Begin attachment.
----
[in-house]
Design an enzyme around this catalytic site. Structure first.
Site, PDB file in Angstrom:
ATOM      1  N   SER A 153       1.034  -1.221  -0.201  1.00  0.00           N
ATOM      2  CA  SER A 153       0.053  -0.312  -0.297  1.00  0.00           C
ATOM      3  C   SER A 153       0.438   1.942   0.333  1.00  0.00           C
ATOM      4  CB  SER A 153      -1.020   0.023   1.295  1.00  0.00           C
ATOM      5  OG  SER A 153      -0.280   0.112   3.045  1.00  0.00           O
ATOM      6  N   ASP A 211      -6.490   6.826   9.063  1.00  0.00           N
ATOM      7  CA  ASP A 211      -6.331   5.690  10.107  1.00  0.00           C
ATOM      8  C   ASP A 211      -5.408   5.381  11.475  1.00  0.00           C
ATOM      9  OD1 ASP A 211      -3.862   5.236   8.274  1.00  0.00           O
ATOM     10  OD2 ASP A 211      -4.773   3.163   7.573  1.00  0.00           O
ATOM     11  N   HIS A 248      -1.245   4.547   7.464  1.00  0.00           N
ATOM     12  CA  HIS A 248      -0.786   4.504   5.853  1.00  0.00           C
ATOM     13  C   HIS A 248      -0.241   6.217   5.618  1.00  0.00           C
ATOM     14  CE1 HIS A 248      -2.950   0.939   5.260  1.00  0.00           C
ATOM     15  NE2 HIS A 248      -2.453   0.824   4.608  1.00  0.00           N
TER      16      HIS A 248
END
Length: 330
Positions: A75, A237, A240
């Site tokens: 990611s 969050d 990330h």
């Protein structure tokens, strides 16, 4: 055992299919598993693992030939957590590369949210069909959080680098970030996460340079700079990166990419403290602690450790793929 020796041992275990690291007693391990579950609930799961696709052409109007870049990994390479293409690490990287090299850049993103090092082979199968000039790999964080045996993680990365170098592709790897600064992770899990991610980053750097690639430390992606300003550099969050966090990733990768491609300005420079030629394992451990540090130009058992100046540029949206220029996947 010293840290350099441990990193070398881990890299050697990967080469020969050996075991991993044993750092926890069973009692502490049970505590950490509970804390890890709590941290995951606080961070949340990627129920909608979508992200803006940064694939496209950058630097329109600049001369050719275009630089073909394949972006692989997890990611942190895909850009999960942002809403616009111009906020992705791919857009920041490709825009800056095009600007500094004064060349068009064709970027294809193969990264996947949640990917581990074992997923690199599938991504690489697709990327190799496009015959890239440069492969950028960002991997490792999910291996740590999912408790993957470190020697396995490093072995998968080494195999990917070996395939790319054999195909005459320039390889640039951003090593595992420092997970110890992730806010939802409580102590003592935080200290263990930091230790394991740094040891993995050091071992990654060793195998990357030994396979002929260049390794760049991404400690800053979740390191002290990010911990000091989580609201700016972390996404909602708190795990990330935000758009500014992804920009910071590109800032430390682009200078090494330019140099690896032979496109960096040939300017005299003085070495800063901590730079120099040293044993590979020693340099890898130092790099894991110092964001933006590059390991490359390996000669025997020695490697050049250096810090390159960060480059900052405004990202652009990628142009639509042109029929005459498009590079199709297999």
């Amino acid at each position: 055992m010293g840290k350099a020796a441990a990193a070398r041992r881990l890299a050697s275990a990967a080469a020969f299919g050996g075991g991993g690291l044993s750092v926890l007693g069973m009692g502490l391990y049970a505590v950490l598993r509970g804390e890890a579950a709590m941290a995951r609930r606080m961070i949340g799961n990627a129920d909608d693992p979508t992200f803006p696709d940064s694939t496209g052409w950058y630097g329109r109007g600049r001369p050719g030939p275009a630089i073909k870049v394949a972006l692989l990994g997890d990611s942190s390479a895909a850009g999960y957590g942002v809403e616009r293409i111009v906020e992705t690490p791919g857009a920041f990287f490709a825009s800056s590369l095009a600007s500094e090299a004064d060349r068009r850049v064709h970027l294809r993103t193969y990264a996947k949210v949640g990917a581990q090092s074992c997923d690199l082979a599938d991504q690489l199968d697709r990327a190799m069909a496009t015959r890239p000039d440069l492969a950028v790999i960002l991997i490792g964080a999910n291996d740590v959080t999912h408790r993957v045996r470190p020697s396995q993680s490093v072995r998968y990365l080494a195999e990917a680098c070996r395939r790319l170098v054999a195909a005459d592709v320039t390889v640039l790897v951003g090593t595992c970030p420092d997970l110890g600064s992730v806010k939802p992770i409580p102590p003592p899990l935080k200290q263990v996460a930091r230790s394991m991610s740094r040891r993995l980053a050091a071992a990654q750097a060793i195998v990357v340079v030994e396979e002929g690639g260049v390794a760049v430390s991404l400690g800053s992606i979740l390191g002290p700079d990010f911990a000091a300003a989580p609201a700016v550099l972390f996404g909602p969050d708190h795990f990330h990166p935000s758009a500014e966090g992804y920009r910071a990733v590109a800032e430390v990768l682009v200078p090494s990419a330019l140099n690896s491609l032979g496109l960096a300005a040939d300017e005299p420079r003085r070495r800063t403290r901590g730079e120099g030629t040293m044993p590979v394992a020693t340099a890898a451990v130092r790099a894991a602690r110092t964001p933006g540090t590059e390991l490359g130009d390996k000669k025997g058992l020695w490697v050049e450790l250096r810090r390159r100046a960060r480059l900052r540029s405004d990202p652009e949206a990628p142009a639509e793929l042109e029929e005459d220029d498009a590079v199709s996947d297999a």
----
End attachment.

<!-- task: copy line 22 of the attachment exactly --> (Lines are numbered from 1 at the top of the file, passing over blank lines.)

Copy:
Positions: A75, A237, A240